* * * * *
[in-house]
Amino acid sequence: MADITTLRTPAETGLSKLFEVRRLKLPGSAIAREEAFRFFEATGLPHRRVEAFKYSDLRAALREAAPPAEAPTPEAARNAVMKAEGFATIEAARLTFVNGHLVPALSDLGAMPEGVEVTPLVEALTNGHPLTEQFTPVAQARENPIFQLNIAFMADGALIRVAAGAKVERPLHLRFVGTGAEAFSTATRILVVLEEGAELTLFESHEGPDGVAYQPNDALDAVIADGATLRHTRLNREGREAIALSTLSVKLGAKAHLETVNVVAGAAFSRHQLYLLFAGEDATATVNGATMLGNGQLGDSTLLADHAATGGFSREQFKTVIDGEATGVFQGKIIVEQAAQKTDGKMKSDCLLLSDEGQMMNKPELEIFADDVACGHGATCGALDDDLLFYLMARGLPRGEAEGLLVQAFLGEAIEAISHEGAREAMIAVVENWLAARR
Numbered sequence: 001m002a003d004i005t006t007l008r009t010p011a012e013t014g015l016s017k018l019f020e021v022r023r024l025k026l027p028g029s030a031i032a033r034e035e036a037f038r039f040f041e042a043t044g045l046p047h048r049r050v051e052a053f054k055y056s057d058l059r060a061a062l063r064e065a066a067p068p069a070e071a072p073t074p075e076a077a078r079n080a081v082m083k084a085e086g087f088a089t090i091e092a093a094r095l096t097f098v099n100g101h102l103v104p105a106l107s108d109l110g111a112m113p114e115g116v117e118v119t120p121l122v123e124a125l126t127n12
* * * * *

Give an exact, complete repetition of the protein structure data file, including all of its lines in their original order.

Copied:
[in-house]
Amino acid sequence: MADITTLRTPAETGLSKLFEVRRLKLPGSAIAREEAFRFFEATGLPHRRVEAFKYSDLRAALREAAPPAEAPTPEAARNAVMKAEGFATIEAARLTFVNGHLVPALSDLGAMPEGVEVTPLVEALTNGHPLTEQFTPVAQARENPIFQLNIAFMADGALIRVAAGAKVERPLHLRFVGTGAEAFSTATRILVVLEEGAELTLFESHEGPDGVAYQPNDALDAVIADGATLRHTRLNREGREAIALSTLSVKLGAKAHLETVNVVAGAAFSRHQLYLLFAGEDATATVNGATMLGNGQLGDSTLLADHAATGGFSREQFKTVIDGEATGVFQGKIIVEQAAQKTDGKMKSDCLLLSDEGQMMNKPELEIFADDVACGHGATCGALDDDLLFYLMARGLPRGEAEGLLVQAFLGEAIEAISHEGAREAMIAVVENWLAARR
Numbered sequence: 001m002a003d004i005t006t007l008r009t010p011a012e013t014g015l016s017k018l019f020e021v022r023r024l025k026l027p028g029s030a031i032a033r034e035e036a037f038r039f040f041e042a043t044g045l046p047h048r049r050v051e052a053f054k055y056s057d058l059r060a061a062l063r064e065a066a067p068p069a070e071a072p073t074p075e076a077a078r079n080a081v082m083k084a085e086g087f088a089t090i091e092a093a094r095l096t097f098v099n100g101h102l103v104p105a106l107s108d109l110g111a112m113p114e115g116v117e118v119t120p121l122v123e124a125l126t127n12